Finally, the prospective field begins to shrink. We’re down to — what? 37, 38 candidates now?

Five years ago he made some noise about running in 2012 because he was worried that the field wouldn’t be sufficiently hawkish — a silly concern in hindsight, although maybe not so silly at the time given that the GOP had just been walloped in two straight elections over Iraq. He almost ran this time for the same reason, although his concerns for 2016 are more concrete: He said a few months ago that Rand Paul could slip through to the nomination if no one took the fight to him on foreign policy at the debates. Three months later, with super-hawks Rubio, Graham, and possibly Peter King set to run, that’s less of a worry. So he’ll stick to beating on Rand from the sidelines.

The question is, should it be less of a worry? One of the developing ironies of the campaign is that, while Paul’s faded somewhat since his anti-interventionist heyday of 2013, so has support for the Iraq war among the GOP’s more plausibly hawkish contenders. Matt Lewis noted yesterday that Jeb Bush’s bumbling answers about the war may have made it suddenly permissible for mainstream Republicans to admit that they wouldn’t have ordered the invasion knowing then what we know now. When Dave Weigel asked Bolton about that bumbling, the ‘Stache stuck to his pro-war guns, albeit with caveats:

“Absolutely we still should have overthrown Saddam,” said Bolton. “The questions, the way they’re asked, the way some are answered, have the intellectual sharpness of a bowl of oatmeal. It’s ridiculous: Crimean War, yes or no? War of the Spanish Succession, yes or no. I understand a lot of this is politics, but I don’t really care about that. The key is understanding what works and what doesn’t, and on radio or on TV it’s very hard to have that a conversation.”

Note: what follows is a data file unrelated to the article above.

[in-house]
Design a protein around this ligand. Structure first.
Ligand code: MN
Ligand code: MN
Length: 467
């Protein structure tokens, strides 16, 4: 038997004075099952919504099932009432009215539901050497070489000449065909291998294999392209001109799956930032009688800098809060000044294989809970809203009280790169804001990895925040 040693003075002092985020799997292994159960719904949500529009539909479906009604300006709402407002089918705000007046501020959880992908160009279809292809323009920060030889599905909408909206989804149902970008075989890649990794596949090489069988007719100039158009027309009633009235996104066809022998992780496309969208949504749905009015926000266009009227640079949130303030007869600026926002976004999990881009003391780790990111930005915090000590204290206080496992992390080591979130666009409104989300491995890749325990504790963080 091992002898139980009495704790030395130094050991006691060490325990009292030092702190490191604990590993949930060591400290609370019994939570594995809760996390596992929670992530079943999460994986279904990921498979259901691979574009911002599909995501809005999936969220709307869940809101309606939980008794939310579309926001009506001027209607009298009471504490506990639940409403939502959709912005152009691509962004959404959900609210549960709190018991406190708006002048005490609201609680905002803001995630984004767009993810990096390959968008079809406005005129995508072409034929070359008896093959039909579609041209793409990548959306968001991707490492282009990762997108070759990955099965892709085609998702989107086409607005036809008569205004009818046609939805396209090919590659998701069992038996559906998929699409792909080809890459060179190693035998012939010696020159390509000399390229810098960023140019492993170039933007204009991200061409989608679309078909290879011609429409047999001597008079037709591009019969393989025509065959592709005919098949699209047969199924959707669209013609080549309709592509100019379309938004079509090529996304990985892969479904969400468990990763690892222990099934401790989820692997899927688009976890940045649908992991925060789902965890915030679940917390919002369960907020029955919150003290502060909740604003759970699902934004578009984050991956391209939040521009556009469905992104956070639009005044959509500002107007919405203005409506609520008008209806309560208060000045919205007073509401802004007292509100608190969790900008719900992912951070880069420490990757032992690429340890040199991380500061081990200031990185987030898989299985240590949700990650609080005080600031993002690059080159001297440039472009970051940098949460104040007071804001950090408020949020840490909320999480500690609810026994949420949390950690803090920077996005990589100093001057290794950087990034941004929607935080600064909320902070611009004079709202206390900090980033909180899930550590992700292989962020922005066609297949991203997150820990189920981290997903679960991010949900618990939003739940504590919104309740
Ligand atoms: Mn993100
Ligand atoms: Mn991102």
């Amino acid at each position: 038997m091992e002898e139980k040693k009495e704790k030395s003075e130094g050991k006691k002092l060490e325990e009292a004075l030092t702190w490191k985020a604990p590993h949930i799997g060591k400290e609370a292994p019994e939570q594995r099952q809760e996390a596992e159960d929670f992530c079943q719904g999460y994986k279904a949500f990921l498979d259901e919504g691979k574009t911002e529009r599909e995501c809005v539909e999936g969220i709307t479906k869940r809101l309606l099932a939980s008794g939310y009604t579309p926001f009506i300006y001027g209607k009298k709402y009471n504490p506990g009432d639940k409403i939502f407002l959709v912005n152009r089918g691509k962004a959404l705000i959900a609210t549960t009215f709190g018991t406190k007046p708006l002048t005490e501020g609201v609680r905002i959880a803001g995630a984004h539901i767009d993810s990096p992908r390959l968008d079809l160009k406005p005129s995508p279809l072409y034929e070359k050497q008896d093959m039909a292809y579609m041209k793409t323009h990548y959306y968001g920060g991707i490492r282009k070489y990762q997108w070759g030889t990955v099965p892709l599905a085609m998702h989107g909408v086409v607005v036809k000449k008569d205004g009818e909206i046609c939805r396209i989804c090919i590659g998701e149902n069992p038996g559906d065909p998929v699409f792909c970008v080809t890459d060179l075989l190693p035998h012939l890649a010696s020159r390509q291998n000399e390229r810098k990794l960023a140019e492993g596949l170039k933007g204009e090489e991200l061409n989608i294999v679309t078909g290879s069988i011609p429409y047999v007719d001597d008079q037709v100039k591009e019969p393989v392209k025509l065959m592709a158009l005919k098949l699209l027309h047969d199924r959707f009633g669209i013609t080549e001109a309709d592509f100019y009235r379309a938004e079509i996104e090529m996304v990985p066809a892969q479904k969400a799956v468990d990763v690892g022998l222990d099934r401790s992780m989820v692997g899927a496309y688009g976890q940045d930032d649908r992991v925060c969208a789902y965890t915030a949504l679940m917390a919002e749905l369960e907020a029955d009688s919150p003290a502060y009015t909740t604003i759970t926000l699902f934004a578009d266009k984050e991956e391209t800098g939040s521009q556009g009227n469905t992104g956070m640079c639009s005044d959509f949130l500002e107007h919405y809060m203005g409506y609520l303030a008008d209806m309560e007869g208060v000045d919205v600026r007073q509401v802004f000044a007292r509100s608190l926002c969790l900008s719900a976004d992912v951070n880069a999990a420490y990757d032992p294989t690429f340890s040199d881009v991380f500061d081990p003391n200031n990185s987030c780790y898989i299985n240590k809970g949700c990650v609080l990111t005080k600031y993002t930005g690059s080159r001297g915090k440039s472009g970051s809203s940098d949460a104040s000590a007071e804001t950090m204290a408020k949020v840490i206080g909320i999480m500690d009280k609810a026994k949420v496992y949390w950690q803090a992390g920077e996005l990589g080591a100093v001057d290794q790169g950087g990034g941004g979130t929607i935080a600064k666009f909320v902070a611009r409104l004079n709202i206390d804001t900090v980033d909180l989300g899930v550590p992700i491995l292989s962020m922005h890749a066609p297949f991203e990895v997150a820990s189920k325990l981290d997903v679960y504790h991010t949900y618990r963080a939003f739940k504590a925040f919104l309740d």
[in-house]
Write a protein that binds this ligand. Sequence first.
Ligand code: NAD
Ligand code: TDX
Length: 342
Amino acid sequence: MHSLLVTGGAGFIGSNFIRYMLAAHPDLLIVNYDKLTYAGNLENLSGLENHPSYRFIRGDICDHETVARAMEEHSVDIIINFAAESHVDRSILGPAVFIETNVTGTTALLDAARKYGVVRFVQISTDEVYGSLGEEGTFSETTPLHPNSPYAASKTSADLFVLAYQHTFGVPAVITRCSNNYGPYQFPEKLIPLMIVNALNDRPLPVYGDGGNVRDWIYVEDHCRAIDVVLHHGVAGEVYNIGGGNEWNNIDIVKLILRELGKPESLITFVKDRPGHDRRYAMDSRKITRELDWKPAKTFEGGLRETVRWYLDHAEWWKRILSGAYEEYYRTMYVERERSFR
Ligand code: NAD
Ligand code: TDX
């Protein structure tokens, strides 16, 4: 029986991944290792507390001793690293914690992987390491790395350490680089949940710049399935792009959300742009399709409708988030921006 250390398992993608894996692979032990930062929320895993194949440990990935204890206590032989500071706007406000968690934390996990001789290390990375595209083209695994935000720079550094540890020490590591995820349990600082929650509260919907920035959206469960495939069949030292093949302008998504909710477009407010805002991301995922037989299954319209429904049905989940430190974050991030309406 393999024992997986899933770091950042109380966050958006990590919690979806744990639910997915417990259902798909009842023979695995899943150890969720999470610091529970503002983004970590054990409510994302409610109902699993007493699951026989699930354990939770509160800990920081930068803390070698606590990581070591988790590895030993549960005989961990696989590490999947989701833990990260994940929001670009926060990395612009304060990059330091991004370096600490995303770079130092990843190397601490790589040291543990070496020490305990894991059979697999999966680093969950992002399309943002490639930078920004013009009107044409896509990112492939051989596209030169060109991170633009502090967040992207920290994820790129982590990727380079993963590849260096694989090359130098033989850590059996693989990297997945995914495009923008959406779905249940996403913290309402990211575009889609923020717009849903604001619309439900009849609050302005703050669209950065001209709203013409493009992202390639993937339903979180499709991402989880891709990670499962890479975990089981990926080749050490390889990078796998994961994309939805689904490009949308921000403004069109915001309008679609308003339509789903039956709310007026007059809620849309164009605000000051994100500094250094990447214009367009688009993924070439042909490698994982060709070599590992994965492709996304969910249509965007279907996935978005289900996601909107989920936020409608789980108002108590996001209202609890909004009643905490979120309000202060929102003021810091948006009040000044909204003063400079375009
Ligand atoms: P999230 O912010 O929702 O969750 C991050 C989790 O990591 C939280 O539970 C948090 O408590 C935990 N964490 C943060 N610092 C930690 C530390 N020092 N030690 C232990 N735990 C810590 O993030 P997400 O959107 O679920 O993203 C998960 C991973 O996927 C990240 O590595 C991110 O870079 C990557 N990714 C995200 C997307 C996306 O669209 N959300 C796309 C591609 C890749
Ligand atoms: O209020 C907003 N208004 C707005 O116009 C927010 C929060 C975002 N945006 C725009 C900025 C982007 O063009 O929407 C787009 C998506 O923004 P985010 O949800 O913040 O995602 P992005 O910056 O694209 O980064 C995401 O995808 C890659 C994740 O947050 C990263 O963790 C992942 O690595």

Bolton had a l’esprit de l’escalier sort of answer for Bush, or for anyone else stumbling over the question. It also happened to be the answer he would give. “The idea that the decision to intervene Saddam led to the current situation in Middle East is inherently flawed,” he said. “American forces were in Iraq a little over nine years. The use of force to remove Saddam took less than three weeks. Now, after that, a lot of mistakes were made. Those mistakes did not follow naturally because of the initial decision to invade. A better question might be: Did you favor Obama backing Nouri al-Maliki over Ayad Allawi in 2010? Did you favor, as he favored, pulling all the troops out? There’s never been a period in anybody’s life where they make one decision and everything else for the decision can be blamed on that. One thing Jeb Bush should have said is that Obama can blame George W. Bush for a lot of things, but he can’t blame him for decisions made after January 20, 2009.”

Will anyone onstage at the debates, with the exception of Lindsey Graham, be willing to say, “Absolutely we still should have overthrown Saddam”? Maybe Bolton should have run after all.

Update: How recently did he make this decision, anyway? Hmmmmm.

Update: Bolton might not be running, says Aaron Goldstein, but he’d make a fine Secretary of State. And thanks to Harry Reid’s nuking of the filibuster for cabinet appointees, Bolton could be confirmed this time with a bare majority of 51 Republican votes.